I keep getting spam which abuses Google's "I'm Feeling Lucky" button. Usually a url just like this:
The goal is to rank the domain up high enough that it is automatically the first choice for Google, a domain which is whitelisted and very commonly accepted by most email domains.
It is of course yet another feeble, desperate attempt to "hit inbox" (as the spammers call it) of as many people as possible, especially those who never wanted it in the first place.
If you remove the segment at the end which wants to include the "I'm Feeling Lucky" button, you can see that they even tried monitoring its page rank for a few days, and those results are part of the urls which are referenced by that search.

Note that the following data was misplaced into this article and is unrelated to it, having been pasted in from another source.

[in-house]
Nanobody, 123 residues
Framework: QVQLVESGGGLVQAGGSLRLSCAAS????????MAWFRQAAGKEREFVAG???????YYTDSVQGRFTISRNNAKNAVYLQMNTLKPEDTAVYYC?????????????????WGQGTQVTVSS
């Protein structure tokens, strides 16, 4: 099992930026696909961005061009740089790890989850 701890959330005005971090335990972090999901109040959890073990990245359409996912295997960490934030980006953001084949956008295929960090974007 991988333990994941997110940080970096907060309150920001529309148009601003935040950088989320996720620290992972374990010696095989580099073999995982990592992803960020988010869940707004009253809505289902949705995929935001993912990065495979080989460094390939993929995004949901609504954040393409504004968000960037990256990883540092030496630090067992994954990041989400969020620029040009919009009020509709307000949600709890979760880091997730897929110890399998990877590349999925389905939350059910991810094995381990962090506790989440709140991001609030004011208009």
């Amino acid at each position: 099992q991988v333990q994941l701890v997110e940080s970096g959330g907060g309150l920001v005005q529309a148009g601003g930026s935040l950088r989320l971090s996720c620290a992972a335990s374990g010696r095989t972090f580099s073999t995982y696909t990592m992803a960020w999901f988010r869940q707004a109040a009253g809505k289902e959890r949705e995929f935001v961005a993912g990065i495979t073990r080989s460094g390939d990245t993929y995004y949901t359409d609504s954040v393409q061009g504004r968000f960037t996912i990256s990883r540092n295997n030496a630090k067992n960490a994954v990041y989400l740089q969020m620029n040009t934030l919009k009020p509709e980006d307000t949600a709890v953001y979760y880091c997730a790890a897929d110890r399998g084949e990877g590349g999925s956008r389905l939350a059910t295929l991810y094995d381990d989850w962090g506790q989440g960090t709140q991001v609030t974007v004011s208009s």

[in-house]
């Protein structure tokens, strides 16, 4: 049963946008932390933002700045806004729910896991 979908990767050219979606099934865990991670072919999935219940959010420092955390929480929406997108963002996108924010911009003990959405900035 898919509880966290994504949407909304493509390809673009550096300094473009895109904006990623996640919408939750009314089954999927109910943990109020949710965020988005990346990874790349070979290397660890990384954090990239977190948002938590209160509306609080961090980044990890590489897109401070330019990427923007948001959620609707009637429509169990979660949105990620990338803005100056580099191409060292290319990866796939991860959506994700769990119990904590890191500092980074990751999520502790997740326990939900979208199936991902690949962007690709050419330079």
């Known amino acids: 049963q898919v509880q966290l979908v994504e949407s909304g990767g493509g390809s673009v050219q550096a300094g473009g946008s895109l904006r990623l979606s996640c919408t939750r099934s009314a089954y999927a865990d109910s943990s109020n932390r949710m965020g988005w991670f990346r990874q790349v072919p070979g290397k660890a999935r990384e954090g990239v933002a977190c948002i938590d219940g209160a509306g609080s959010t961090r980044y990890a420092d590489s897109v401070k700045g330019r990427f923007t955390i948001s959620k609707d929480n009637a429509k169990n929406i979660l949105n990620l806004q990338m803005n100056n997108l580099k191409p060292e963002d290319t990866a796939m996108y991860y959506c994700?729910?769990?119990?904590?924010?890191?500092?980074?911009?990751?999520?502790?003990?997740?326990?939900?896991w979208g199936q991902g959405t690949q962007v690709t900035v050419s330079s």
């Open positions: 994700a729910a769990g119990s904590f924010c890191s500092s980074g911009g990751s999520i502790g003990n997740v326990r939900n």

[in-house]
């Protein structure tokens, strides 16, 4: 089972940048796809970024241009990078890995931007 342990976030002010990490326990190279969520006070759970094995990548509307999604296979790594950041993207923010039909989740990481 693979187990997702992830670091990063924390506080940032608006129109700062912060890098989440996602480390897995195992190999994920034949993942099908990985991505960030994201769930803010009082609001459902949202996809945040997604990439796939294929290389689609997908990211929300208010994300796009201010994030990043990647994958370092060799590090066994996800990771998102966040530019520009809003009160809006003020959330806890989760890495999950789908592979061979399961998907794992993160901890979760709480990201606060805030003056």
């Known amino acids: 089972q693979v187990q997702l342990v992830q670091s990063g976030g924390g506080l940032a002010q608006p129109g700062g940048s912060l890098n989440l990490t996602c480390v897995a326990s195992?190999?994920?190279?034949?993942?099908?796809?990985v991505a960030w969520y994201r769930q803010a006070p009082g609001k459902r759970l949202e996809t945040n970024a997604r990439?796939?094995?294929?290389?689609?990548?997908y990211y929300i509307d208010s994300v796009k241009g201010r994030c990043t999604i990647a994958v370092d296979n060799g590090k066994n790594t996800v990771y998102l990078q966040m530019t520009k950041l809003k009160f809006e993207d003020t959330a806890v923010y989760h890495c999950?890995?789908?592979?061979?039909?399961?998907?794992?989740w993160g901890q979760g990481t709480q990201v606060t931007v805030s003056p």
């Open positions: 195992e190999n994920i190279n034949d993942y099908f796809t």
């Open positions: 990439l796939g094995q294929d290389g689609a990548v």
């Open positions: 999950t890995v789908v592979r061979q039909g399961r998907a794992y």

Fortunately in this case it is redirecting to a domain (anherbal.com) which has already stopped being hosted. And possibly is automatically redirecting you here. :) (It's happened before.)
The sad truth is: some people out there get suckered into this scam and assume that they will be able to enlarge their penises. Not only do they NOT end up with the desired results, there is significant evidence that these "herbal supplements", spammed en masse on behalf of "Elite Herbal" and "ManXL", can lead to death, particularly for members of their target audience (males aged 40 and up who experience erectile dysfunction.) Many men at that age experience blood pressure issues, making the taking of these so-called "supplements" an extremely dangerous proposition.
This is nothing new, of course. Spammers have been promoting lethal fake pharmacies for years now. It's just surprising the lengths that they will go to to reach people who rather obviously have absolutely no interest in their "products."
They can all go to hell as far as I'm concerned.
SiL / IKS / concerned citizen